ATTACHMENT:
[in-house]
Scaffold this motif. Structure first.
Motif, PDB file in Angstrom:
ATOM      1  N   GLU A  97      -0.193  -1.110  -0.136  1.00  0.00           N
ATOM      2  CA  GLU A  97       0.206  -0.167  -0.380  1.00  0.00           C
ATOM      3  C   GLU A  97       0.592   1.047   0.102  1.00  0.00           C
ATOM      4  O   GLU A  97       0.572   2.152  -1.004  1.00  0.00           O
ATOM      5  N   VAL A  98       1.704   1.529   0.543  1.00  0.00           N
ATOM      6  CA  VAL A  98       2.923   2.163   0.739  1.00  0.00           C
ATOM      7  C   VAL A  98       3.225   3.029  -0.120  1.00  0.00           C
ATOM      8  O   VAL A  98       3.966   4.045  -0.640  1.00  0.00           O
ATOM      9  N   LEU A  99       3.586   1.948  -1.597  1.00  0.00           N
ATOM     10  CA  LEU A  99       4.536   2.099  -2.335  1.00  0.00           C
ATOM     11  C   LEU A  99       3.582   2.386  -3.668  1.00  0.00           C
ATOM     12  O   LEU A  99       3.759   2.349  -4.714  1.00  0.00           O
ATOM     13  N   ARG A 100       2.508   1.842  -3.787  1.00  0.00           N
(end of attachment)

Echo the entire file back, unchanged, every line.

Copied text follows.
[in-house]
Scaffold this motif. Structure first.
Motif, PDB file in Angstrom:
ATOM      1  N   GLU A  97      -0.193  -1.110  -0.136  1.00  0.00           N
ATOM      2  CA  GLU A  97       0.206  -0.167  -0.380  1.00  0.00           C
ATOM      3  C   GLU A  97       0.592   1.047   0.102  1.00  0.00           C
ATOM      4  O   GLU A  97       0.572   2.152  -1.004  1.00  0.00           O
ATOM      5  N   VAL A  98       1.704   1.529   0.543  1.00  0.00           N
ATOM      6  CA  VAL A  98       2.923   2.163   0.739  1.00  0.00           C
ATOM      7  C   VAL A  98       3.225   3.029  -0.120  1.00  0.00           C
ATOM      8  O   VAL A  98       3.966   4.045  -0.640  1.00  0.00           O
ATOM      9  N   LEU A  99       3.586   1.948  -1.597  1.00  0.00           N
ATOM     10  CA  LEU A  99       4.536   2.099  -2.335  1.00  0.00           C
ATOM     11  C   LEU A  99       3.582   2.386  -3.668  1.00  0.00           C
ATOM     12  O   LEU A  99       3.759   2.349  -4.714  1.00  0.00           O
ATOM     13  N   ARG A 100       2.508   1.842  -3.787  1.00  0.00           N